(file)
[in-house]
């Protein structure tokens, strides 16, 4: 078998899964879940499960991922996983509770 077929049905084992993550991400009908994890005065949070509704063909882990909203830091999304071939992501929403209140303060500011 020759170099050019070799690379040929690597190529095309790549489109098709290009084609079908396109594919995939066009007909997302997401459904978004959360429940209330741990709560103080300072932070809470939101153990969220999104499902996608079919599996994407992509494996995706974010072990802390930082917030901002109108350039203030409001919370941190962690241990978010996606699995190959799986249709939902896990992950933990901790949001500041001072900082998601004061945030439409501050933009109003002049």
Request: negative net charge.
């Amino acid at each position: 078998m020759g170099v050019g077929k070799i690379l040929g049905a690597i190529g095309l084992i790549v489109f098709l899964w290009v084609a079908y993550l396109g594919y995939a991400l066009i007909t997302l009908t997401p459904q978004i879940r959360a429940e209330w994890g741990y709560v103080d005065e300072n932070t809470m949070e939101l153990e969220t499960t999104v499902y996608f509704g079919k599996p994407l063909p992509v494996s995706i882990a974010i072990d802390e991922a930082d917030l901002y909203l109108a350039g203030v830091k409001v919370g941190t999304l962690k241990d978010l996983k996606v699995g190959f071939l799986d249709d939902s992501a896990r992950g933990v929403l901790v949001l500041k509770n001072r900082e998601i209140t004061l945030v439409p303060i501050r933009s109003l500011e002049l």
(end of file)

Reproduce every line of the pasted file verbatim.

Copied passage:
[in-house]
């Protein structure tokens, strides 16, 4: 078998899964879940499960991922996983509770 077929049905084992993550991400009908994890005065949070509704063909882990909203830091999304071939992501929403209140303060500011 020759170099050019070799690379040929690597190529095309790549489109098709290009084609079908396109594919995939066009007909997302997401459904978004959360429940209330741990709560103080300072932070809470939101153990969220999104499902996608079919599996994407992509494996995706974010072990802390930082917030901002109108350039203030409001919370941190962690241990978010996606699995190959799986249709939902896990992950933990901790949001500041001072900082998601004061945030439409501050933009109003002049």
Request: negative net charge.
């Amino acid at each position: 078998m020759g170099v050019g077929k070799i690379l040929g049905a690597i190529g095309l084992i790549v489109f098709l899964w290009v084609a079908y993550l396109g594919y995939a991400l066009i007909t997302l009908t997401p459904q978004i879940r959360a429940e209330w994890g741990y709560v103080d005065e300072n932070t809470m949070e939101l153990e969220t499960t999104v499902y996608f509704g079919k599996p994407l063909p992509v494996s995706i882990a974010i072990d802390e991922a930082d917030l901002y909203l109108a350039g203030v830091k409001v919370g941190t999304l962690k241990d978010l996983k996606v699995g190959f071939l799986d249709d939902s992501a896990r992950g933990v929403l901790v949001l500041k509770n001072r900082e998601i209140t004061l945030v439409p303060i501050r933009s109003l500011e002049l």